We end our journey in the land of light, Norway. Here we’re switching off the electricity and drawing back the curtains to allow in the glow of night aurorae and ‘snowshine’. We’ll light some candles (for effect) and throw a few logs onto our glowing fire, on this Spring night which still has a hint of chill in its air. Time to cuddle up like bugs on a rug, glass of Akvavit in hand and ‘evocative’ music on the turntable…
Say hi to Hanne Kolsto, one gorgeous voice and one VERY grand piano. Be prepared to be enchanted by Hanne’s latest evocation, ‘Black Hand’, four minutes of hair-raising acoustic pathos. Taken from her forthcoming album Live at Toyenkirken (or ‘Toyen Church’ in English), it is one of a collection of live intimate recordings made, literally, on the altar of a church.
Sampling materials from her back catalogue, Hanne has compiled a re-worked ‘best of’, pared back and freshly arranged, from which ‘Black Hand’ is the lead track. Emotive to the point of emotionally loaded, this is a track so taut with tension and fraught with feeling that it could precipitate faultlines in the hardest of crusts. It is not driven but lead by a plaintive vocal set against a backwash of delicate piano and ever-increasing circles of mellow electronica. Recalling troubled relationships and their resultant emotional whiplash, ‘Black Hand’ is a “terrible beauty” – a poignant sonic memory of melodic pleasure tinged with heart-rending sadness.
Live at Toyenkirken is due out 22nd April via Jansen Plateproduksjon and can be pre-ordered here.
From hair raising to spine tingling, enter EERA, one of a new cohort of ingenues recently arrived on a flourishing Norwegian indie scene. Her debut eponymous EP released through House Arrest has literally taken UK musos by storm. Hand on heart, I have never known a musical debutante to so rapidly become such a magnetic draw for music media. ‘White Water’, the second single to be taken from the EP, has a compelling bedfellow in its visual accompaniment, which sees EERA stare fixedly, Mona Lisa style, whilst lying submerged in a bath of, well, white water.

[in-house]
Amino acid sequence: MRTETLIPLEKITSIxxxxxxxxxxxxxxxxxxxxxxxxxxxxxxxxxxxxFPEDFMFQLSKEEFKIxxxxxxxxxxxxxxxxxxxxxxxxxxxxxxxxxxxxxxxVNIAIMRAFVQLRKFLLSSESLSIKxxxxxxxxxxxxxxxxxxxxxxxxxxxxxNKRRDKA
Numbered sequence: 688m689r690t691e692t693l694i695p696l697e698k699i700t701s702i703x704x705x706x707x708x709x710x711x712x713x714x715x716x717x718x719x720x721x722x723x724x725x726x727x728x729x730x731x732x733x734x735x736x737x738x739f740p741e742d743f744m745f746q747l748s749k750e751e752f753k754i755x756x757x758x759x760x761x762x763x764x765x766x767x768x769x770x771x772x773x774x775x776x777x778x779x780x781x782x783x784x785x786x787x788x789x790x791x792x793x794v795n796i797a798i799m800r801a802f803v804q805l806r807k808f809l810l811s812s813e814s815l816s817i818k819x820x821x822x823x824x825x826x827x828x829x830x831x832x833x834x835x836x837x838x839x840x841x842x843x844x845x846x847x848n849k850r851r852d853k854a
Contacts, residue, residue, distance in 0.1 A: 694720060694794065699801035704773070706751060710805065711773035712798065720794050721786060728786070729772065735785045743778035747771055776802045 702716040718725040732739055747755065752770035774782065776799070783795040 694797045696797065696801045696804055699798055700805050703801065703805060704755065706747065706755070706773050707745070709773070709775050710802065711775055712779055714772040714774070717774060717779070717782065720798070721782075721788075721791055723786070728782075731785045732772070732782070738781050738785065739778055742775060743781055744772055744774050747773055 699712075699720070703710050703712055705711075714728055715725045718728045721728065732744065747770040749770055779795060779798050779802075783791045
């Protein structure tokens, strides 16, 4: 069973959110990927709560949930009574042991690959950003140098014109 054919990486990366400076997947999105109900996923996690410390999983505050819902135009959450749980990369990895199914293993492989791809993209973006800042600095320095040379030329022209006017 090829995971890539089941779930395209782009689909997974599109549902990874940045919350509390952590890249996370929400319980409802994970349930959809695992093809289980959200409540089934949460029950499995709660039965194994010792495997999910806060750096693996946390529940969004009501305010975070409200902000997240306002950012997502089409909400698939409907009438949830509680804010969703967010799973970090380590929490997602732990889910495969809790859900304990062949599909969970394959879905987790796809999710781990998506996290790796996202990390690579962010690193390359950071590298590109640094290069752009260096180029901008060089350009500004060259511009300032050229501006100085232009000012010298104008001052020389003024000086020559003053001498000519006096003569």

April 29th- Denmark, Aarhus @ SPOT Festival
May 19th – 21st – Brighton, UK @ The Great Escape Festival
September 2nd – 4th – London, UK @ End Of The Road Festival
“This feels just like a dream” whispers Herman Wildhagen and that is exactly what his song ‘Again’ is like… a soft, hazy, mesmerising cloud of dream on which I could happily float away. Starting with blushes of sensual lo-fi, breathy vocals and spacious chords, ‘Again’ burns slowly towards a chilled out finale comprising Winwood-esque organ and impossibly lazy guitar sequences, as sensual as they are slack.
Wildhagen makes up one fifth of Panda Panda, a new young group from Trondheim, hub of the Norwegian musicverse. His first solo venture, ‘Again’, is a cleverly composed indie-pop number with catchy hooks and a nice melodic ‘rosemantic’ flow that will have your heart all a-flutter. It will be interesting to see where the musical road takes Wildhagen from this dreamy debut.
Finally, a pre-zzzz post-it note to check out the new Fiordmoss single ‘Madstone’, ’80s electronic a la Mode with a touch of ‘Purple Rain’ percussion and some very, very dark lyrics. Ditto the new Susanna offering ‘Hole’, another song of the dark, which despite some uplifting melody lines and enchanting vocals has a slightly claustrophobic feel. And on that dark note… *puffs out candle and hops into bed*
Words: Derval McCloat
Photo: Agnes Thor